1
  32. Just Another Ex-Republican says:

    One of the (very) few things I have any sympathy for Trump about actually is the day 1 plan to repeal and replace. If you lived in the Fox bubble, you too would be shocked the Republican party had…nothing.

    One of the reasons I say Trump is a symptom, not the disease.

    3
  33. Barry says:

    @Michael Reynolds: “She has a Tweet today once again repeating Trump’s attacks on VBM, this time in Nevada.”

    I just went and looked at that. It’s hysterical!

  34. CSK says:

    @Mister Bluster:
    He thought there would be a health care bill on his desk. Poof! Just like that, out of thin air. How sweet.

    As soon as he uttered this drivel, impeachment proceedings should have begun.

    @Daryl and his brother Darryl:
    Thanks. Loved it.

    1
  35. MarkedMan says:

    @Monala: Just out of curiosity, where do you live? I’ve never heard license plates referred to as “car tabs” before. Or is it something else? In several places they are referred to as “tags”. Autocorrect get you?

  36. MarkedMan says:

    @CSK:

    The man’s a moron.

    I’ve said the same thing since 2015: The most important thing to realize about Trump is that he is a moron. For decades people have been puzzling out his motivations because, well given how rich and famous he is, he must have motivations. But he doesn’t. He is little more than a quivering bowl of the most primal and animalistic urges.

    4
  37. CSK says:

    Trump says the presidency is the hardest work he’s ever done. Well, let’s see. He watches television and tweets in his bedroom till…when? Eleven a.m.? Then he goes to the office. He has lunch. He calls it quits around 5 p.m., and it’s off to another evening of bed, burgers from McDonald’s, and television. That’s a six hour day. Exactly how hard did he work before he became president? Four hour days?

    I haven’t counted the huge swathes of time off for golf.

    1
  38. CSK says:

    @MarkedMan:
    Well, I think he’s very highly motivated by the desire for revenge against those he feels have slighted him, such as the upper crust of Manhattan.

  39. Just nutha ignint cracker says:

    @CSK: Still, part of the problem on health care was that Trump got played by the GOP Congressional Caucus. Remember that they spent the final 6 years of Obama’s term in office saying that they had health care reform ready to go anytime that we wanted to vote them in so that they wouldn’t have to share credit with the Democrats on getting it done.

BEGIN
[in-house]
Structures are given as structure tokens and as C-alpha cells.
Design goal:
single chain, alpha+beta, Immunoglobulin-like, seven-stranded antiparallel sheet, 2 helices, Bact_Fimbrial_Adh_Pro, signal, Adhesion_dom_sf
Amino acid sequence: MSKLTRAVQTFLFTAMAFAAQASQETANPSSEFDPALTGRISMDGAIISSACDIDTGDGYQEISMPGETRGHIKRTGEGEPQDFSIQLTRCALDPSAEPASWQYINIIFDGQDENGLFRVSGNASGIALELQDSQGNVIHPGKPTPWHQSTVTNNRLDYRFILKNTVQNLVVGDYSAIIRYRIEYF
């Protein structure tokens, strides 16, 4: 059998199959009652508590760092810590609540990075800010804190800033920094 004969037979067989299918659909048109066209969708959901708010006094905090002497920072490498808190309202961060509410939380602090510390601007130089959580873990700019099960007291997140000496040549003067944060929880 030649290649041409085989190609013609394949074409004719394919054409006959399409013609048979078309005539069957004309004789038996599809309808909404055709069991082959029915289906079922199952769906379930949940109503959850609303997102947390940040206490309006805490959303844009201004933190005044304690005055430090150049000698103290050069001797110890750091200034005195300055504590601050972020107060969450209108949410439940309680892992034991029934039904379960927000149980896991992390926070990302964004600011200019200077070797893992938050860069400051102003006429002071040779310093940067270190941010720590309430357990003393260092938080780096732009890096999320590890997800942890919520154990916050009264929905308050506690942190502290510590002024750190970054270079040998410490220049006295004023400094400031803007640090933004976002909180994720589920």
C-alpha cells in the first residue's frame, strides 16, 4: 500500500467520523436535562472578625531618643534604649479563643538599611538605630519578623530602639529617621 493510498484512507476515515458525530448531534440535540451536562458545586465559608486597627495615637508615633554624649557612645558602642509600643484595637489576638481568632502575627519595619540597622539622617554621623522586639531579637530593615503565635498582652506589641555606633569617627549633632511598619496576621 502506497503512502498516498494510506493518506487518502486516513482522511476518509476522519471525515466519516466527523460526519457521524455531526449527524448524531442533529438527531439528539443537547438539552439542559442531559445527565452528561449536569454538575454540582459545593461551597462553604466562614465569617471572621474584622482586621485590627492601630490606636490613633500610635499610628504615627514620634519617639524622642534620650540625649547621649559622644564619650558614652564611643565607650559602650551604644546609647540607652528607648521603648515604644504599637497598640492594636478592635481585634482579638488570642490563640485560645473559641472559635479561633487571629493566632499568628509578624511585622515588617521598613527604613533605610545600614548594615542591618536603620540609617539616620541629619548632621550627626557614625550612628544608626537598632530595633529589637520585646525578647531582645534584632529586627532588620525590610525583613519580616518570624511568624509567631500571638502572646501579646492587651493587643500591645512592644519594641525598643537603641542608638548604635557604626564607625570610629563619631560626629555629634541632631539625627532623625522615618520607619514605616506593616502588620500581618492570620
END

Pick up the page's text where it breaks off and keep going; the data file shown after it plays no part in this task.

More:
ETA: Why Trump believed them when people like you and I didn’t is beyond me, but I guess that’s where the moron part comes into play.

    2
  40. CSK says:

    @Just nutha ignint cracker:
    How hard would it have been for him to check with someone? Or would it not have occurred to him?

    2
  41. Just nutha ignint cracker says:

    @MarkedMan: I can’t speak for Monala, but I live in Washington State where the little epoxy backed mylar stickers that you put on a license plate have been called “license tabs” for as long as I can remember (just turned 68 3 weeks ago). And yes, that may be a PNW, or even a solely Washington State thing. (Or even just a Seattle thing as I didn’t move anywhere else in the state until I was 35.)

    ETA: BTW, License tabs show that you paid the annual license plate renewal fee and any property taxes (repealed in WA some time in the 90s). Some states may not have renewal fees. I don’t know.

  42. Liberal Capitalist says:

    @MarkedMan:

    Tabs are the sticker that get put on the plates (or tags, as you said).

    Do you get plates new every year in your state?

    Or, are you in fact an agent of Russian dezinformatsiya, attempting to spread propaganda that registering a car by mail is not as safe as mail in registration?

    2
  43. Just nutha ignint cracker says:

    @CSK: Plausible deniability may play a role in that part of the situation. Many times and in many places where I’ve worked, I’ve not asked for facts/information/policy/whatever about subjects where ignorance would serve my personal needs better. I think it’s human nature.

    In this case, had I been Trump, I would have simply assumed that it was a lie and calculated the likelihood that I could get away with throwing Congress under the bus. But I would have played that hand much more forcefully than he did even so.

    1
  44. MarkedMan says:

    @Liberal Capitalist: ya got me, comrade.

  45. Mister Bluster says:

    @CSK:..As soon as he uttered this drivel, impeachment proceedings should have begun.

    Apparently they weren’t embarrassed enough.

  46. Mister Bluster says:

    Just received my Application for Ballot-2020 General Election from the Jackson County, Illinois, Clerk and Recorder, Frank L. Byrd.

    I can request a Vote By Mail ballot through email, mail, online, or in-person or phone.
    Ballot can be mailed to address where I am registered or any address that I specify on my application.
    Application must be submitted by mail delivery or in-person delivery to the courthouse.
    Or send a scanned copy or photo of the application via email.
    Or apply for a Vote By Mail ballot online.
    Applications for Vote By Mail Ballots must be received by October, 29 2020, if mailed, or by November 2, 2020 if delivered in person.

    Receive ballot in mail.
    Ballots will be mailed out starting September 24, 2020, and voter should receive them no later than October 5, 2020. For applications received after September 24, 2020, ballot will be mailed within two business days after receipt of application.

    Vote and return ballot.